However, just because workers’ comp is there doesn’t mean that things will always work out the way people expect. Even if you sustain an injury at work, there is still a chance that when you and your employer put in a claim, the insurance company may deny it. But why? Here are three of the most common reasons that workers’ comp claim is denied.
There’s a Discrepancy Between Report & Treatment
The one thing that an insurance company looks for in any legitimate case is consistency. When there’s a lack of consistency, that usually raises red flags that something may be wrong, or in some cases, deliberately altered to make a fraud report.
When an accident at work occurs, a report of that incident is filed from work. When you seek medical treatment for that accident, diagnosis, and treatment occur. A new entry of the findings is made on your medical record. Workers’ comp insurance companies look for consistency between these two documents. If you report, for example, you broke your right leg during the accident, but the medical report declares you didn’t feel your right leg was a problem at all, but that you had an illness instead, that’s too large a discrepancy to ignore.
You Filed A Claim After Ceasing Employment
This will always raise a red flag with a workers’ comp insurer because it seems contradictory. While it is true that some medical conditions take time to emerge, be detectable and diagnosable, timing can be suspect, especially if the claim takes place months—or even years—after the fact.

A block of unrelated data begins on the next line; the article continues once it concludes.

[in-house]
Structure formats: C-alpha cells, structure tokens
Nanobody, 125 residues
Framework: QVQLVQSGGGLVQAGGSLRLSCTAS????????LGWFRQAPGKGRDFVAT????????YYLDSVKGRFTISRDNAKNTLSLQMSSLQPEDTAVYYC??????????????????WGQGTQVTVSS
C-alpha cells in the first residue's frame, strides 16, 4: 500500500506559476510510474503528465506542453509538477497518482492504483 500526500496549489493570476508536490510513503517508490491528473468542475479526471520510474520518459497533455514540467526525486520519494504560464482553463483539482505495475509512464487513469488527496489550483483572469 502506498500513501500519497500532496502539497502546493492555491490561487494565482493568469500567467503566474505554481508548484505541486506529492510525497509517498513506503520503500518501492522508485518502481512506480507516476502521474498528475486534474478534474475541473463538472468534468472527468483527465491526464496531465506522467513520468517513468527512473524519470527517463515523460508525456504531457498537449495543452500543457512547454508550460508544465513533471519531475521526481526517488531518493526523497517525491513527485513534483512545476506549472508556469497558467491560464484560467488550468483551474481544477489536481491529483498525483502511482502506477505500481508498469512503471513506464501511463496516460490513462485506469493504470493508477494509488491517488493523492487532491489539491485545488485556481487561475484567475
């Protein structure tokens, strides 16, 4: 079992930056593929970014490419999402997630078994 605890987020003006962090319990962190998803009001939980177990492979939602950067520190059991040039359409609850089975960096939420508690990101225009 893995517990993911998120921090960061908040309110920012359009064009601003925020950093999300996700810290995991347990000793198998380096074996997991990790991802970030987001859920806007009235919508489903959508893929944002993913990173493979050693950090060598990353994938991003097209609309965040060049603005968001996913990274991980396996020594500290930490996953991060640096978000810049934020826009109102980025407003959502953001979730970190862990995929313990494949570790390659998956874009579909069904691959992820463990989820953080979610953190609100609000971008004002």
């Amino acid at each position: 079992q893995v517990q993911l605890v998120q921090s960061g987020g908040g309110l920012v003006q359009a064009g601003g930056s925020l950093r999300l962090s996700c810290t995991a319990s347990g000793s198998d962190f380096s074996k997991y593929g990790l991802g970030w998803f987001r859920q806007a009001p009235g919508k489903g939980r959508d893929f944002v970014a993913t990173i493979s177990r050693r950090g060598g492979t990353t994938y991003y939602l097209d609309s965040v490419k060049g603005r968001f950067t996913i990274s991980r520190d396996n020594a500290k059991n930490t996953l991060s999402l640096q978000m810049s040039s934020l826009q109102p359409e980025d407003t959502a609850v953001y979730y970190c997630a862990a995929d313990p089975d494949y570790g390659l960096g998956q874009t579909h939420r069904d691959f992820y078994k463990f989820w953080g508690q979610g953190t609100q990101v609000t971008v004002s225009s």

However, some people will submit a claims file for injury after being laid off or fired. This is a challenging position for workers comp since it is, at least in part, designed to provide a “substitute salary” when someone is incapable of work during medical treatment and recovery. If an employee is no longer working anyway, why should the employer provide coverage?
You Didn’t Provide Statements Or Medical Authorizations
This can be a tricky issue. A statement about your injury to an insurer isn’t legally required, so people don’t have to do this. However, insurers can get suspicious if they ask one and are refused the statement since they want to have on one hand to compare with final medical evaluations.
The medical authorization itself is another area of suspicion. Legally you are required to submit this. However, the insurance company would like to do this instead of letting you do it. There is a fear that if the employee does it, what is submitted to the insurer may be cherry-picked or altered from the actual medical record.
If you have your claim denied, however, that’s not the final word. Talk to a workers’ comp lawyer about your situation and find how out how best to proceed.